When we moved into the neighborhood about 5 years ago, we quickly learned around Christmastime that the husbands of the ‘hood had a “friendly” competition going on to see who could put up the most elaborate lights. They even sat at their front windows at night and kept tally sheets, marking how many cars slowed down to see their blinking lights.
Extra points were given for the duration of stay for each car—which they timed with stopwatches. You think I’m kidding?
I think that’s one of the reasons they all loved my husband immediately: He was no competition. Homey don’t play that shit. We buy a few strands of lights from Dollar General each year, throw them haphazardly in the yard, and light those motherfckers up. When Christmas is over, we simply throw them away. They cost about $3.00 per strand and they also suck major balls.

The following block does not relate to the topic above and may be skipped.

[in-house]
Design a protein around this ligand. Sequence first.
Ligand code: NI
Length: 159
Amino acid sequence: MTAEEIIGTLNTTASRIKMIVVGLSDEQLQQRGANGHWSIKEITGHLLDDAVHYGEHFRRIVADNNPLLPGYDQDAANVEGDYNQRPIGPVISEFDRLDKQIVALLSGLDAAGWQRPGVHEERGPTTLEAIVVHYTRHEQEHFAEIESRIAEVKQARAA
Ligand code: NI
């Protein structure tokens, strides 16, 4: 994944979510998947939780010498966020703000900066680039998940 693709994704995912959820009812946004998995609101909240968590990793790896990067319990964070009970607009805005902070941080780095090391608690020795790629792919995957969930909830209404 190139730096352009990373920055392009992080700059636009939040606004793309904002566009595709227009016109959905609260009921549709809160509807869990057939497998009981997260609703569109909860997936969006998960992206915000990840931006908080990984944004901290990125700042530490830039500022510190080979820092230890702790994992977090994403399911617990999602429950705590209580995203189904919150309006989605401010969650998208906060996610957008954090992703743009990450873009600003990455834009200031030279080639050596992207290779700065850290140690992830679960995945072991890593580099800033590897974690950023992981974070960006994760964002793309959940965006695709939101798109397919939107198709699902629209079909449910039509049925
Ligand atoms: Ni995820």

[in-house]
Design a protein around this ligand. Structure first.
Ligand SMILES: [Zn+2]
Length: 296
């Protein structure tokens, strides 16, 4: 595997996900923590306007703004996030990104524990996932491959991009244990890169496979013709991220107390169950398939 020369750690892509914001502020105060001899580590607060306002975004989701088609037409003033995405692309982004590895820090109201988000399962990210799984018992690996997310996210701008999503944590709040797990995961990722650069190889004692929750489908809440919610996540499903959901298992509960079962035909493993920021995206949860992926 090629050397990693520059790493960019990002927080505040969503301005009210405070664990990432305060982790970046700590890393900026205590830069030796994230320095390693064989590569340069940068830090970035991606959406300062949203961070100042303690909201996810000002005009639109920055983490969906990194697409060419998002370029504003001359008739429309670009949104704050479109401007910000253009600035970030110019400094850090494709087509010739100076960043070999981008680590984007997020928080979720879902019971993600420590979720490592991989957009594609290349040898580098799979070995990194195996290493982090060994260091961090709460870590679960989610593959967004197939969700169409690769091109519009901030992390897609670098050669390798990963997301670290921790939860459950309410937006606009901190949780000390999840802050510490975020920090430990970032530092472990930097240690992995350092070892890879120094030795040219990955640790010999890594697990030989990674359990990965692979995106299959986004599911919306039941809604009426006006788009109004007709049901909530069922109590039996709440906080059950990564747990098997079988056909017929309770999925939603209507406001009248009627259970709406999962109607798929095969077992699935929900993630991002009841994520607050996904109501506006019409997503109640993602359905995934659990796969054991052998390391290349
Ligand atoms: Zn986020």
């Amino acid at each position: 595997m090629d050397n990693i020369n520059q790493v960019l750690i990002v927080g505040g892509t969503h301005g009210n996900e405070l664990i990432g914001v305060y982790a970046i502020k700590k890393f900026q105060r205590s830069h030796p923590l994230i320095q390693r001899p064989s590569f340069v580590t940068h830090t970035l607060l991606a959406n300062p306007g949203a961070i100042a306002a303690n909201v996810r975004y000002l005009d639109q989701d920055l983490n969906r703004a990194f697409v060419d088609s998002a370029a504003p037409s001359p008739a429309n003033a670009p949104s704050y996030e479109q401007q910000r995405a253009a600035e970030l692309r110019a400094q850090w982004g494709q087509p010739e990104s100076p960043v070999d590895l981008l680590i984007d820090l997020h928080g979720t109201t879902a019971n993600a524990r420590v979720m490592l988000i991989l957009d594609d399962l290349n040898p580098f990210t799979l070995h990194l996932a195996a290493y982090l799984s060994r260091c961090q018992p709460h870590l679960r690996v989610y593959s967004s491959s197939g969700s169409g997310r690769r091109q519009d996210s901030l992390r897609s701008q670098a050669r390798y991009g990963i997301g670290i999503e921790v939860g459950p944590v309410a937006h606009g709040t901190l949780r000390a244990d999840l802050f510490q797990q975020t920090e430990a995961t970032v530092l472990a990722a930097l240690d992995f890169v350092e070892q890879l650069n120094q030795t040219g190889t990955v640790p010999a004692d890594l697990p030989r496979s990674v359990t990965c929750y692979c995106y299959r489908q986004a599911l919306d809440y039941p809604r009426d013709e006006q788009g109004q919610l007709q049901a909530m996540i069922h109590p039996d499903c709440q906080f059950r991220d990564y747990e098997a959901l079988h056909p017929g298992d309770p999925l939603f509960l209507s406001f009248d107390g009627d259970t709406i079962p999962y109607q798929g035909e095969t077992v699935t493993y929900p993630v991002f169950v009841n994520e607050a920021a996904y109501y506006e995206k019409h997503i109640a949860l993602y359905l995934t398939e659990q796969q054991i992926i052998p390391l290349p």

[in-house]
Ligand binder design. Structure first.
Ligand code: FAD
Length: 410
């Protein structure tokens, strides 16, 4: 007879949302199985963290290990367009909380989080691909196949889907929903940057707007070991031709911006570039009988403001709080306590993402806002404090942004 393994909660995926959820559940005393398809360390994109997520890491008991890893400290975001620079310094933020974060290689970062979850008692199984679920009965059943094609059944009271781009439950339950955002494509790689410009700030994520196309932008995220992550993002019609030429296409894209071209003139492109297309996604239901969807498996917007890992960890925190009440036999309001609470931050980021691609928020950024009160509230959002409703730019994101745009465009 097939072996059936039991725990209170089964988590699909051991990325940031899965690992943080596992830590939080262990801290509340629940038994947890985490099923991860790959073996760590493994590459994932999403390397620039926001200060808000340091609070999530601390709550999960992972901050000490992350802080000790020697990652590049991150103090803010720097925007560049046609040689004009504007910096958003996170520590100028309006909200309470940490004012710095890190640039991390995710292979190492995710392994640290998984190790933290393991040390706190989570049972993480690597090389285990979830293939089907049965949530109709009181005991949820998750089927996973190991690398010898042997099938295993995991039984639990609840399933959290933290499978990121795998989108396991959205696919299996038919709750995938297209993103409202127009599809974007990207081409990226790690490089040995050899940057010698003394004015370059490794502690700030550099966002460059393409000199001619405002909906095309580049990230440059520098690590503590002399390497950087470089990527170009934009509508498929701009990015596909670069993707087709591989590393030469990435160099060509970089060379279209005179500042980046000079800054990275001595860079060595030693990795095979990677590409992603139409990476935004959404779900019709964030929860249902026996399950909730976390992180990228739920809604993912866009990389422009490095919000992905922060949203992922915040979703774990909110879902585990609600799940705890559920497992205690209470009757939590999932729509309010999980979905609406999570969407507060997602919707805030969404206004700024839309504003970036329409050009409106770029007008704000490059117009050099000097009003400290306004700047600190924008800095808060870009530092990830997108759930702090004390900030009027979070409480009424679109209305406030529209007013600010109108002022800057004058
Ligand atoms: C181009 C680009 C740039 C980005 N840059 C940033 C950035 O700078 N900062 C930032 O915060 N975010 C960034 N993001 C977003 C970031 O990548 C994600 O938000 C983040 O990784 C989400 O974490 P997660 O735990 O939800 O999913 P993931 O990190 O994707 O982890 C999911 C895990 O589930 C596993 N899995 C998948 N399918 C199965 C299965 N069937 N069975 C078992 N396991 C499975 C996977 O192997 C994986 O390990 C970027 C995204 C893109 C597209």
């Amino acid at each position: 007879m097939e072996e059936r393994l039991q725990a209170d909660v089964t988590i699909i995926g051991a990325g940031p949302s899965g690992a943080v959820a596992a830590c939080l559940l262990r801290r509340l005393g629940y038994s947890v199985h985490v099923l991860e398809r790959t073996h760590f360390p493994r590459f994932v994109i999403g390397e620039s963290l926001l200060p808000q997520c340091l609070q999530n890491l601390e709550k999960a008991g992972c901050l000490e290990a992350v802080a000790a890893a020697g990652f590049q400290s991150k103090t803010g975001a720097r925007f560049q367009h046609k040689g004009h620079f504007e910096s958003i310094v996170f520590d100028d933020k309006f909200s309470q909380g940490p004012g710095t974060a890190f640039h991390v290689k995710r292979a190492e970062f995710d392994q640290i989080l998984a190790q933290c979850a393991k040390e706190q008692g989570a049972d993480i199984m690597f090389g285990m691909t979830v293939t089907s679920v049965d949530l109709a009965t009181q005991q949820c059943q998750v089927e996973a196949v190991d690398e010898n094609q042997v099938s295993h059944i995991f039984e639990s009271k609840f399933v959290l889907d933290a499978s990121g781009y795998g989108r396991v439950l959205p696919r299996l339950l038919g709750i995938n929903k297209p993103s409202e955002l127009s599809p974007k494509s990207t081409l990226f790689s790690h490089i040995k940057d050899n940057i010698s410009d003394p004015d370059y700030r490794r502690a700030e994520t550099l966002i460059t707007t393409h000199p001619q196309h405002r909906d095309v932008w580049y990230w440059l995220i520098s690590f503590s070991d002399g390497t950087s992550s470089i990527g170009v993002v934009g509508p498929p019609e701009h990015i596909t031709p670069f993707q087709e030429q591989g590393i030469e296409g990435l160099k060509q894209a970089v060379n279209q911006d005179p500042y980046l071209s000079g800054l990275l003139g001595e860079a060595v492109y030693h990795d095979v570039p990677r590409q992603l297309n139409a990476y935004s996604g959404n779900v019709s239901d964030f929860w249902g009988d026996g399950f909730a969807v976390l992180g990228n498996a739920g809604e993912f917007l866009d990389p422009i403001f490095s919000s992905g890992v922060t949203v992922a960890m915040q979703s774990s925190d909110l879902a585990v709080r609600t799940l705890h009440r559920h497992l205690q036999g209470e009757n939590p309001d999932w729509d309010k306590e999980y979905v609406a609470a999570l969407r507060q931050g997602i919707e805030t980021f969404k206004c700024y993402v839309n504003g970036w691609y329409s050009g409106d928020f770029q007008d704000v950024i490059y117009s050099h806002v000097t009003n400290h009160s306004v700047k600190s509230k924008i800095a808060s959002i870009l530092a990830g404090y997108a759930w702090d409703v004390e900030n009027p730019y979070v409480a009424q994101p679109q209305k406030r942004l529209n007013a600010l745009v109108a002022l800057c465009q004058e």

Most, if not all, of the bulbs are burnt out by December 26th, so a person doesn’t feel guilty tossing them straight into the curbside trashcan as the method of cleanup. I think the $9.00 per year that we spend on lights is more than worth it to not have to wind the lights up into a messy, wiry ball to be packed up and stored, only to have to be untangled the next year in fits of frustration. Maybe when our kids are old enough to be made to do the job…
See? We’ve got this shit all figured out, peeps.
Anyway, about 4 years ago, a new woman moved into the neighborhood directly behind my house and to the left of Don’s. And at first, everything was cool between her and Don. She even hired him to mow her lawn, which he likes to do during his summers off from teaching.
And then came November.
We saw her working outside on her Christmas lights with friends. I got all excited; I love love love me some Christmas lights. My oldest son and I would come and stand in her yard while she worked, and she’d even let my boy—only a sweet little toddler back then—“help.”